herald

Monday 1 September 2014

Ask Rosanna: My new guy sleeps around

Q I've found myself in a horrible situation as a result of falling for the wrong guy in work. We went out on six or seven dates outside of drinking with the crowd in the pub on Fridays, and he was fun and I was keen on him. I overheard one of the other girls discussing him in the Ladies and realised he was also sleeping with her. I confronted him and he said he'd never said we were exclusive. I was gutted, but feel worse ever since another girl in work told me that everyone knew he was sleeping with the two of us. I trusted him and feel so used. I'm also worried everyone thinks I went out with him knowing he was also with the other girl.

A The most important thing to realise here is that you have done absolutely nothing wrong. You embarked on a relationship with this man in the best possible faith, and while you didn't formally agree on whether it would be exclusive or not, it possibly didn't cross your mind that this would ever happen.

I understand how humiliating it must have been for you to have discovered the truth of his behaviour from another woman in work, but the best advice I can give you is to take this as a lesson learnt and to try not to worry what other people think. This is your personal life, and nobody else's business.

Plus, it's the man who should feel most ashamed of his promiscuity. Next time you get into a relationship, it would be worth agreeing on the terms of it early on to avoid such a situation arising again.

QI'm getting married next month to the best guy in the world, and for the past 18 months I've been organising the perfect wedding and honeymoon. I've also spent a lot of time stressed out. When the photographer rang to cancel because he was in a car accident, I burst out crying and couldn't stop and in the end he hung up on me.

I also lost it with my best friend and chief bridesmaid over the flowers. I stormed off over a pink gerbera, for God's sake.

Things are now under control, I think. I'm not usually someone who lets things get on top of me. My fiance has commented on how cranky I am. I've always had myself down as being a capable woman, so why is the happiest day of my life turning me into such a cry baby?

ACongratulations on your wedding and I wish you every happiness together, but it sounds like you're in danger of burning yourself out before you've even walked down the aisle! It's not at all unusual for brides-to-be to invest so much time and energy into their ideal wedding, that they become obsessive about everything being done their way. Even the most cool and calm customers can find themselves a stressed-out mess. But it's really not worth the tension with friends and family.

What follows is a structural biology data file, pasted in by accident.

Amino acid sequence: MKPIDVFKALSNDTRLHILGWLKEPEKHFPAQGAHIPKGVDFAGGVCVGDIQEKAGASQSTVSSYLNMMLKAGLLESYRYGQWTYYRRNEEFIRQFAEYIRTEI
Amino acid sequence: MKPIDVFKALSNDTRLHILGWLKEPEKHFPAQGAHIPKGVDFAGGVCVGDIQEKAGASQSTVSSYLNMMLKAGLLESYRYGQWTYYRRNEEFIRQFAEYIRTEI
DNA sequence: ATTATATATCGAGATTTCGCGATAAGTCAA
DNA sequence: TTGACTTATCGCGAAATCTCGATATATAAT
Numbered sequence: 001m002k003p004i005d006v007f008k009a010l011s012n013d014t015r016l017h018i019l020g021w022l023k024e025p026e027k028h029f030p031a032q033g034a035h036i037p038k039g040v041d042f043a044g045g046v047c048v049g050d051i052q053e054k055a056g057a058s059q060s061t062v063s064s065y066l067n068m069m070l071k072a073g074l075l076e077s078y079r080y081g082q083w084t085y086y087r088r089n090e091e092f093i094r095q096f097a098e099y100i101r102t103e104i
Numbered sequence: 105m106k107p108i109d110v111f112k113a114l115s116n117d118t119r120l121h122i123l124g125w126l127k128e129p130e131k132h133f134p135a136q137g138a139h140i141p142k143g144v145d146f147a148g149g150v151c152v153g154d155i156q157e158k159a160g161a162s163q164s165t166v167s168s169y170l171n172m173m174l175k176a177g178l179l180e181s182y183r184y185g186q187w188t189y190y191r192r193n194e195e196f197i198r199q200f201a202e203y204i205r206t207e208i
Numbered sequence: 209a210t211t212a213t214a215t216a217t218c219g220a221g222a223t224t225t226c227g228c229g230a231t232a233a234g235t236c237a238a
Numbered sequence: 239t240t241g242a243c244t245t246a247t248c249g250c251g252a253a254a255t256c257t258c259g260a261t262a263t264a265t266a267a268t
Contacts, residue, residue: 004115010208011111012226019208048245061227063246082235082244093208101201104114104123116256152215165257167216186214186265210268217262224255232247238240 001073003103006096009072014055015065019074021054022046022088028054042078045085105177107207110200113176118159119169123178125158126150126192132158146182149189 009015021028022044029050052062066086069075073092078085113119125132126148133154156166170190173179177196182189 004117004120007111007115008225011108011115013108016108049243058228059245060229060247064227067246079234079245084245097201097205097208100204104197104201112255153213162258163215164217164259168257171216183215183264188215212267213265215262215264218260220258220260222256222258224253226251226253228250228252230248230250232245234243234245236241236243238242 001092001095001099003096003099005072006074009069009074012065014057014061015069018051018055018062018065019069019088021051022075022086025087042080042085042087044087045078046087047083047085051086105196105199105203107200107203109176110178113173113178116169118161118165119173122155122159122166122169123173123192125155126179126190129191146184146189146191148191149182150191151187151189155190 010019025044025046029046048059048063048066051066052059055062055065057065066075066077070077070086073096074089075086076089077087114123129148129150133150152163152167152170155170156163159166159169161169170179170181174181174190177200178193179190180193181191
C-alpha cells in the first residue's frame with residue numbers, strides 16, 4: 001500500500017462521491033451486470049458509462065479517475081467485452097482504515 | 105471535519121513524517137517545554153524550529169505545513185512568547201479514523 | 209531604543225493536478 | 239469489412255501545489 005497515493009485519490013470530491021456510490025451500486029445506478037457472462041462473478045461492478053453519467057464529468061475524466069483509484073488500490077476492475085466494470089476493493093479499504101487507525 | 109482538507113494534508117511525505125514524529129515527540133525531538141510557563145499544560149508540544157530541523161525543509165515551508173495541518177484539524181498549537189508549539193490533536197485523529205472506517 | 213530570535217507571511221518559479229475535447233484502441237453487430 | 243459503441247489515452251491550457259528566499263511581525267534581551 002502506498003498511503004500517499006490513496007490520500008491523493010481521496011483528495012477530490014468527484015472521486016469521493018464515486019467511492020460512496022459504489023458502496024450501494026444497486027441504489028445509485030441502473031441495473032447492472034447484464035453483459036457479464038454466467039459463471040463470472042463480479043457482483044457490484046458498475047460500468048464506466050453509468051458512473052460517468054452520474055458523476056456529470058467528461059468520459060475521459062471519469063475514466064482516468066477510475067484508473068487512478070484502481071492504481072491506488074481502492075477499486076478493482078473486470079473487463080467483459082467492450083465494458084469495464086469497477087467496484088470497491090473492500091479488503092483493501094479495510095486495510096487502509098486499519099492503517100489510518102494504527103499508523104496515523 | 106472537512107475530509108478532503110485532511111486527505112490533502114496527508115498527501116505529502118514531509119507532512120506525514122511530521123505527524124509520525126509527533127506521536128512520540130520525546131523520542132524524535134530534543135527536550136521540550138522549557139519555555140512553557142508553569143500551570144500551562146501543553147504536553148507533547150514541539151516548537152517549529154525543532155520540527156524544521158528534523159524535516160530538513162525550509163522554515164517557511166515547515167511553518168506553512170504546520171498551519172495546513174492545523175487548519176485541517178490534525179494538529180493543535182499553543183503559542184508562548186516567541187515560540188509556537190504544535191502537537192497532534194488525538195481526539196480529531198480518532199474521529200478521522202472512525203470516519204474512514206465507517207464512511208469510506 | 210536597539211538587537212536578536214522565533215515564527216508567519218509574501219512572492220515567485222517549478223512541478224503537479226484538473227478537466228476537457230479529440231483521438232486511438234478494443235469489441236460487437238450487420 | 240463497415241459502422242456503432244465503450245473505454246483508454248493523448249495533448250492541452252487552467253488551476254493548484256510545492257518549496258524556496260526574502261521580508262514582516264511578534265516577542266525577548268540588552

This is just one day, and while you want it to be the happiest of your life, it will be so much more enjoyable if you can relax enough to really make the most of it. My advice is to apologise to your best friend and fiance for your unreasonable behaviour, and make a pact with yourself to stress less.

Relaxation techniques such as yoga, meditation or even regular moments of quiet time could really help you.

QHow can I get my boyfriend to get a hobby? He has no interest in sports or music or any of the passions which seem to absorb his friends. If left to his own devices he'll slob in front of the telly. But what's worse is when he starts following me around. He was so bored on Saturday he came to the hairdressers with me when I was getting my highlights done. Any ideas on how I can get him to broaden his interests, and not be such a tag-along?

AIn my personal experience, relationships are the most engaging and fulfilling when each partner has their own lives and interests. It lends diversity and something to talk about together. Plus it really helps to build mutual respect and support when you can encourage each other along.

So I can understand how frustrated you must feel when you're boyfriend tags along with you.

You may also be starting to lose respect for him or interest in being with him. It's essential that you urge him to join a sports club or find a new interest that has nothing to do with you. Raise the topic with him and gently explain that it would be great for you to have separate interests. Be kind and encouraging to him and let him realise the benefits for himself.

You can have fun together coming up with ideas, and ensure his friends get involved in helping him to pick a new hobby that he'll stick with.

Opinion

Entertainment News